Workplace culture is a continually evolving concept as new generations enter the workforce, further studies into productivity are conducted, and as contemporary values shift and develop over the years. The idea of coaching in the workplace isn’t a new one: specific references to coaching have appeared in human resources journals at least as far back as the 1960s. What is new for today’s workplace is the idea that coaching shouldn’t be limited to a few elements applied in specific situations; instead, the entire culture of an organization should be transformed into one of coaching to achieve top results.
Coaching in the Workplace
If a company is simply a group of people who are working together to achieve a goal, it makes sense that developing the skills of each individual will benefit the entire group. Training and development opportunities are common in many companies, but coaching is meant to take a more personal and structured approach to this type of improvement. Coaches in the workplace tend to meet with individuals regularly to define and refine goals, identify roadblocks to success and generally work toward improving that person’s performance. The coach should have an understanding of where the employee wants his or her career to go while also having visibility into the company’s goals and how that employee contributes to that goal. The objective is to bring the two together to improve day-to-day performance while also developing long-term growth plans for future success of the employee and the organization.
Most employees embrace this type of development rather than the more common annual review cycle. According to one survey of millennial employees, 74 percent felt “in the dark” about how their managers think they are performing, and 62 percent felt “blindsided” by a performance review. Almost 85 percent said they would feel more confident if they had more frequent conversations with their managers. Managers as coaches in the workplace certainly address these needs as the feedback tends to be ongoing and continual rather than once-per-year events. Plus, coaches get results as their teams are more self-reliant, have more job satisfaction, contribute more effectively and work more productively with others. On a one-to-one basis, coaching has been proven to have positive results. What happens, then, when that approach is scaled up into a company-wide transformation?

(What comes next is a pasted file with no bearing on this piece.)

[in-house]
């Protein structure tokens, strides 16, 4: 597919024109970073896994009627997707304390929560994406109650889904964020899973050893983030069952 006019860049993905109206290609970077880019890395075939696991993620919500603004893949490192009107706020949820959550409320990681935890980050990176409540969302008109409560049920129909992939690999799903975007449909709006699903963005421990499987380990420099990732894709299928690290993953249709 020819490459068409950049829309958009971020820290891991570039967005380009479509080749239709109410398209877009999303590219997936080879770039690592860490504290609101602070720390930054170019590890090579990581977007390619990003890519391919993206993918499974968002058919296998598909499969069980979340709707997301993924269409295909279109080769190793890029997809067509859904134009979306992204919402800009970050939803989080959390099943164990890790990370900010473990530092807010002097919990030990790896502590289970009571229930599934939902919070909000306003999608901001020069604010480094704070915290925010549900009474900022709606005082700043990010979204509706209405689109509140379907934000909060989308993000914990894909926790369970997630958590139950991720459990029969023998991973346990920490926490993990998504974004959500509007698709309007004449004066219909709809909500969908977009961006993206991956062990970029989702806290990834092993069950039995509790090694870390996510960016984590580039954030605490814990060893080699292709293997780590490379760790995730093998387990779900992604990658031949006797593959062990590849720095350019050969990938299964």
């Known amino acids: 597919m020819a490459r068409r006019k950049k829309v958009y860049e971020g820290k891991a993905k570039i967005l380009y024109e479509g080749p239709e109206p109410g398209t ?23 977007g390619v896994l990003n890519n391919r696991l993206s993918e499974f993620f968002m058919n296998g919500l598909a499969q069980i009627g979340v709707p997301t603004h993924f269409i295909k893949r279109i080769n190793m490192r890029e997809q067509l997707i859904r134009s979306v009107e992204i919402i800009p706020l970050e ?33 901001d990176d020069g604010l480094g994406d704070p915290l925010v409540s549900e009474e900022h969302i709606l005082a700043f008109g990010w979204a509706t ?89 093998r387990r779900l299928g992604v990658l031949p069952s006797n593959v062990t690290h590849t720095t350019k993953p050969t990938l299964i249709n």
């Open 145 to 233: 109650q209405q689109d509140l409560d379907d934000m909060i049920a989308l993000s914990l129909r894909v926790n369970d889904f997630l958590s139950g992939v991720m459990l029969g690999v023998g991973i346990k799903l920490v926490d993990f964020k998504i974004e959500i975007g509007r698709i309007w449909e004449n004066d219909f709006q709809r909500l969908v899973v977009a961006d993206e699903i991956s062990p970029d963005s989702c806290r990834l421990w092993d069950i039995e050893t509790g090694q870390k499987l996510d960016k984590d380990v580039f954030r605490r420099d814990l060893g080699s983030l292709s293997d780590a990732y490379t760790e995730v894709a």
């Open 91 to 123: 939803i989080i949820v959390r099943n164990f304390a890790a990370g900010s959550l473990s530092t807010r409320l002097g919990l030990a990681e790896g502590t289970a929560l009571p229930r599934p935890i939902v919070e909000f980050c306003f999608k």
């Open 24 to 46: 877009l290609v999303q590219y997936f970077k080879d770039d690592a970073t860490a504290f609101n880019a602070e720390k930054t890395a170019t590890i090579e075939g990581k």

Culture Shift: A Foundation Built on Coaching
A coaching culture is an entirely different proposition than adding elements of coaching to an existing management style and employee development strategy. A coaching culture happens when the organization commits to supporting employees as they learn new skills and grow to become more significant assets to the company. It is demonstrated when training, feedback and learning opportunities are part of the norm, and when coaching becomes embedded in HR systems.
The shift in focus from managing subordinates to development, empowerment, and encouragement is deliberate. In some scenarios, particularly those where safety and security are paramount or where very inexperienced employees are just starting out, a hierarchical management style may make more sense. But in a workplace that comprises the best and the brightest in the industry – or at least a company that hopes to attract such talent – it can be assumed that your employees want to work hard and to succeed so there’s no need for such tight management. Instead, a culture of coaching lays the groundwork for these bright stars to reach their highest potential while also building trust and job satisfaction, so they continue providing value to your company for the long haul.